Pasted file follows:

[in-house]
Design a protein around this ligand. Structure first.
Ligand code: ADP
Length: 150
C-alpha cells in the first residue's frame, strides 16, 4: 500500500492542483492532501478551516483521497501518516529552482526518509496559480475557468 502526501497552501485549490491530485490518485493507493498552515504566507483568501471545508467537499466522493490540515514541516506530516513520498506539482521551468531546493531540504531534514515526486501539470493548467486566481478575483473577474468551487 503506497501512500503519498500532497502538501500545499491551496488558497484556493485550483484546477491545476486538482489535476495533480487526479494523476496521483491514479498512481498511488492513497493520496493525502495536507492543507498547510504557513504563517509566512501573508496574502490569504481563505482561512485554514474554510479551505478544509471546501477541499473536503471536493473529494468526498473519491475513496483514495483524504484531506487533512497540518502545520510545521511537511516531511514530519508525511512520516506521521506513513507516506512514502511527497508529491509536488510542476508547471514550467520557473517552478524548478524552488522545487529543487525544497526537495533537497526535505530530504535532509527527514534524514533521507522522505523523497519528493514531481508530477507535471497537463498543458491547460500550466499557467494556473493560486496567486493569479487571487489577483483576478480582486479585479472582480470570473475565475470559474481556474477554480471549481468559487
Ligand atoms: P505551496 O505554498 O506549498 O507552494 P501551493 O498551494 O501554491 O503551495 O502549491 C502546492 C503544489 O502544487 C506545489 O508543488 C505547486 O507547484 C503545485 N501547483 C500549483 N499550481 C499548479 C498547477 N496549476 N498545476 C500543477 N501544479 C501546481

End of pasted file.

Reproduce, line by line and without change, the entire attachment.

[in-house]
Design a protein around this ligand. Structure first.
Ligand code: ADP
Length: 150
C-alpha cells in the first residue's frame, strides 16, 4: 500500500492542483492532501478551516483521497501518516529552482526518509496559480475557468 502526501497552501485549490491530485490518485493507493498552515504566507483568501471545508467537499466522493490540515514541516506530516513520498506539482521551468531546493531540504531534514515526486501539470493548467486566481478575483473577474468551487 503506497501512500503519498500532497502538501500545499491551496488558497484556493485550483484546477491545476486538482489535476495533480487526479494523476496521483491514479498512481498511488492513497493520496493525502495536507492543507498547510504557513504563517509566512501573508496574502490569504481563505482561512485554514474554510479551505478544509471546501477541499473536503471536493473529494468526498473519491475513496483514495483524504484531506487533512497540518502545520510545521511537511516531511514530519508525511512520516506521521506513513507516506512514502511527497508529491509536488510542476508547471514550467520557473517552478524548478524552488522545487529543487525544497526537495533537497526535505530530504535532509527527514534524514533521507522522505523523497519528493514531481508530477507535471497537463498543458491547460500550466499557467494556473493560486496567486493569479487571487489577483483576478480582486479585479472582480470570473475565475470559474481556474477554480471549481468559487
Ligand atoms: P505551496 O505554498 O506549498 O507552494 P501551493 O498551494 O501554491 O503551495 O502549491 C502546492 C503544489 O502544487 C506545489 O508543488 C505547486 O507547484 C503545485 N501547483 C500549483 N499550481 C499548479 C498547477 N496549476 N498545476 C500543477 N501544479 C501546481